Working with a text that makes extensive use of a secondary source that will be given in block quotation and, of course, cited. The secondary source, however, contained many original source citations which are to be included here as well. We'll note the secondary source, and not go straight to the original source, as this is a new edition of a previously published work for which the author was known to draw from that secondary source, and often he did so verbatim.

Effectively distinguishing for the reader between these various sources within the block quotation is the issue. In the original 1950s edition, the author and editor (at OUP, no less) were a tad bit careless with their citations, and some of what the author, who was not an academic, used from the secondary source was reproduced verbatim but sometimes without quotation marks or without being set in block quotation.

This is to be corrected in the new edition where all excerpted material must be clearly presented as such. For a lengthy passage taken from a secondary source, block quotation will now be used but it is crucial to note the original source citations as well.

So the question is, how to do this exactly? Using numbered note references for a paragraph in block quotation with, for example, three internal original citations gives us the problem of the final fourth citation reference number calling out the secondary source for the whole passage, coming last and not being readily distinguishable as the secondary source encompassing all the other citations. I believe we want the reader to know this first and then having any internal original citations noted.

I've considered possible solutions such as having the end of the block quotation (a secondary source) followed by an Arabic reference number to note the secondary source, and then for all the internal original citations to use symbols as reference marks.

Historiography is important in this republished text but I'm unsatisfied with the way of presenting distinctions between sources (secondary and original) given in Chicago style, as well as between source citations and discursive/substantive notes. All notes are to be given as sidenotes (margin notes) in this work.

To find an example of how another publisher handled a similar text in an effective and elegant manner that still largely conforms to CMOS would be invaluable at this stage.

All input and clarifying questions welcome. Thank you.

  • 2
    My sympathies for what sounds like a challenging task. When I've done editing in APA, the guidance has been minimal - in brief, they suggest keeping the citations as-is in the quoted text, but omitting footnotes/endnotes and citations at the end of a quoted text. I'll see if I notice this practice in any books I read. That wouldn't be adequate for what you're describing. The symbol-as-reference-mark idea sounds familiar, but I can't think of an example offhand. Mar 3, 2023 at 14:50
  • 2
    This might be more suited for Academia SE.
    – Stuart F
    Mar 3, 2023 at 16:30
  • Do I understand correctly that the problem is due to one quotation to a later source containing more than one internal quotation to earlier sources? If it were only one, the matter could be handled by saying in a footnote something like 'Smith . . ., quoting Jones, . . .', couldn't it?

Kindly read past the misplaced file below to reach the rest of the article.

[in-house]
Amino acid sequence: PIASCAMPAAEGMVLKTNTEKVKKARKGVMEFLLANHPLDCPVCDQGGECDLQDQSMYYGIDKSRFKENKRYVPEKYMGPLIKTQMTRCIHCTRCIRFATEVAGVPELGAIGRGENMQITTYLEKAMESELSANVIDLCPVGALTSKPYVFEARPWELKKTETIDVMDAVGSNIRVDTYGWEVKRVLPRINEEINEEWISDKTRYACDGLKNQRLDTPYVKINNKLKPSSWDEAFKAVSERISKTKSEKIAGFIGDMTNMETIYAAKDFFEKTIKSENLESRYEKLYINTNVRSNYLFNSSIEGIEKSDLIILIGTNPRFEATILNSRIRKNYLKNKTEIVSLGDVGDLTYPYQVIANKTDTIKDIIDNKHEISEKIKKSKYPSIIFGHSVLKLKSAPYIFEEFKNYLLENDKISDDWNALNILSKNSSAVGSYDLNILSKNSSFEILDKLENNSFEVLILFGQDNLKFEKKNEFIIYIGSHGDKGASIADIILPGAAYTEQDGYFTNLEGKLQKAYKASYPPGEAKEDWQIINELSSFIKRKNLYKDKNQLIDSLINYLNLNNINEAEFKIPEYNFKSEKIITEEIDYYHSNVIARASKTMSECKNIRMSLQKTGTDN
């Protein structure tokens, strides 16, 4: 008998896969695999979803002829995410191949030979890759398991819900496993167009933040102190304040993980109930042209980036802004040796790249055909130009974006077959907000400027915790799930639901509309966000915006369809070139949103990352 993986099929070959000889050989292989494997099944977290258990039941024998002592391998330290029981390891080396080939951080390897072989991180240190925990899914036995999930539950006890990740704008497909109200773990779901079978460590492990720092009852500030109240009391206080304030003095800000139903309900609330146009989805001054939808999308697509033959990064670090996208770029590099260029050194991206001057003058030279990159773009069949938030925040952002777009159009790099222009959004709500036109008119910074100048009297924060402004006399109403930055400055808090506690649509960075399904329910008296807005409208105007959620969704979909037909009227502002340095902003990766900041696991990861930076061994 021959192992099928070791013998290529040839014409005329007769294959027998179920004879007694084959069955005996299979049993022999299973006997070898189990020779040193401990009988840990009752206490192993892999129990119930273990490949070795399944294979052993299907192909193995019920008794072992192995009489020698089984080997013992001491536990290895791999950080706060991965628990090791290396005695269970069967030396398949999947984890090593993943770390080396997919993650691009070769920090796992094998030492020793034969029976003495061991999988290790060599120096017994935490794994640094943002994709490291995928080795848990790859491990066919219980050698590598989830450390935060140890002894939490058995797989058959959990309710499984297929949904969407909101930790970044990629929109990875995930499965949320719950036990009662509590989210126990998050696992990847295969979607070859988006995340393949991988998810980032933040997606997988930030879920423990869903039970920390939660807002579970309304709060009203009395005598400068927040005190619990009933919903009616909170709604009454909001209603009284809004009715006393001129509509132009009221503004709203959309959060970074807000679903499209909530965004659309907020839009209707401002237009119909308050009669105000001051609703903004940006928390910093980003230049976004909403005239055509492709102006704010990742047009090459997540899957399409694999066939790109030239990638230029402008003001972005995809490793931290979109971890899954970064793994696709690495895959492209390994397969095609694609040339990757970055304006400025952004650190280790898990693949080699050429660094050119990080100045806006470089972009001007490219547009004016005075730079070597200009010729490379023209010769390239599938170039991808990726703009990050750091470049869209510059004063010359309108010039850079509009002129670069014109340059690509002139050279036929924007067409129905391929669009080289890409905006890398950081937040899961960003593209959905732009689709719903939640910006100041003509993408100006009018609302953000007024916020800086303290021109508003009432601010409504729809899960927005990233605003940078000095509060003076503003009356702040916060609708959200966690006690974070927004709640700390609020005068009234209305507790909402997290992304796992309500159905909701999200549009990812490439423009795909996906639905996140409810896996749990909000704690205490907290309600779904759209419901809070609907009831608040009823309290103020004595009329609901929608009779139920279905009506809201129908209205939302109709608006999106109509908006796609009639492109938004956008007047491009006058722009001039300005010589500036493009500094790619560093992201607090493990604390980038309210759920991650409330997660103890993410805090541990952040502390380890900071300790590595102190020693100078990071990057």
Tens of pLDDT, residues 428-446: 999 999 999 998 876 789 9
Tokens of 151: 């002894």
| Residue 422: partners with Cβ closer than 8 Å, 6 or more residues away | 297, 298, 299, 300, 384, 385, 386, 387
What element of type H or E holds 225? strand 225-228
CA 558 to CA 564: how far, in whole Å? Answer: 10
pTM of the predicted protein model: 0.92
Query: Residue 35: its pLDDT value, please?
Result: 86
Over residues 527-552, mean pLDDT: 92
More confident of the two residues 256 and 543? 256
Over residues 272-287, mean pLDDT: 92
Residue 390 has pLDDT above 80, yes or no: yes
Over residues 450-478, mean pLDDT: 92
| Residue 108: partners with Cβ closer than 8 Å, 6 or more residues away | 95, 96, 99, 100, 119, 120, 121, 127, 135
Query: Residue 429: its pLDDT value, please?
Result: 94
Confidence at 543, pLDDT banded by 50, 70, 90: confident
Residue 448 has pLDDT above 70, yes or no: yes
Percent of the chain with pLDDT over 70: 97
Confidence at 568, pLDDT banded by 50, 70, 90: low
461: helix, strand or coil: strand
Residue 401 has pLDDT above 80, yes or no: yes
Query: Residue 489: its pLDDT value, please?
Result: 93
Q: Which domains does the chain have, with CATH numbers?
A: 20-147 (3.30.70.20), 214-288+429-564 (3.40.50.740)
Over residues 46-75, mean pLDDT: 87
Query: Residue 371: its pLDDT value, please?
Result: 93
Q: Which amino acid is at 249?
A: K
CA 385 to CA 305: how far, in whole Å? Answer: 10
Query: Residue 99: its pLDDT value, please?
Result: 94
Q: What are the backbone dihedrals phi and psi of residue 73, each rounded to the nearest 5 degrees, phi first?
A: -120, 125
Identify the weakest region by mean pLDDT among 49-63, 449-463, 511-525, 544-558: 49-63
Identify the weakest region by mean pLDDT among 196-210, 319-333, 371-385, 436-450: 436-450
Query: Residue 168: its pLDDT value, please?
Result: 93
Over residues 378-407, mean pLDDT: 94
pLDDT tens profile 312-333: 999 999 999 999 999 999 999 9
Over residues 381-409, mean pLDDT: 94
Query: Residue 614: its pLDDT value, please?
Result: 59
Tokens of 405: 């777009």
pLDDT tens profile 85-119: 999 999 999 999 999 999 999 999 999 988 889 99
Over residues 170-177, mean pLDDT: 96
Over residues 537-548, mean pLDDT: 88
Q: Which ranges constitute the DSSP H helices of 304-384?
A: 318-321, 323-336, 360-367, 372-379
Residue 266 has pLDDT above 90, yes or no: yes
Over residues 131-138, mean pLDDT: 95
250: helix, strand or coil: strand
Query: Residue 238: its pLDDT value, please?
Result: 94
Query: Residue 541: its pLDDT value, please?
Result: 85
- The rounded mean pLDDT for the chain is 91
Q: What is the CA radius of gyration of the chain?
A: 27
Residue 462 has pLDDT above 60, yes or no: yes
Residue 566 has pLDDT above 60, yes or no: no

– jsw29
    Mar 3, 2023 at 16:30
  • 2
    Please provide an example; all those words make my eyes glaze over.
    – Lambie
    Mar 3, 2023 at 18:01
  • Thank you firstly for the responses. I'll try to add an example below, which will have to be lengthy, and therefore not able to fit as a comment. The symbol as reference mark is just the very old convention of asterisk (), dagger (†), double dagger (‡), and (usually) section mark (§) in that order and if more are needed on the page, they can be doubled up (*, ††, ‡‡, §§). I infrequently see Arabic numeral reference marks and symbols used together, but it does happen. An example that comes to mind is Keith Houston's Shady Characters (2014) where you can see the first instance on p. 7. Mar 4, 2023 at 22:18

1 Answer 1


This breaks the rules of CMOS, but one reasonable approach would be to move the secondary source citation to the sentence before the quote. If the secondary source is Smith and the primary source is Perry, you would write, using square brackets to represent superscript:

According to Smith:[1]

Perry says that "he is tired"[2] of all this "nonsense."[3]

[1] - Smith, page 11.

[2] - Perry, page 55.

[3] - Perry, page 56.

  • Thank you – this is a reasonable suggestion and would be a possible solution, however, I cannot rewrite the text to provide an opportunity for an introductory/identifying line like "According to Smith". I suppose adding a reference number right at the last line before the block quote might still work, even though the block quote is often introduced with just a fragment that relies on the quote continuing to make sense. Mar 4, 2023 at 11:56
  • Is there a particular case when footnote or endnote reference numbers are placed in brackets or parentheses? Is this done in block quotations to distinguish reference numbers contained in the original source from final citation reference number? To be clear, this refers to the superscripted note number in the text. Mar 5, 2023 at 10:08

Your Answer

By clicking “Post Your Answer”, you agree to our terms of service and acknowledge you have read our privacy policy.

Not the answer you're looking for? Browse other questions tagged or ask your own question.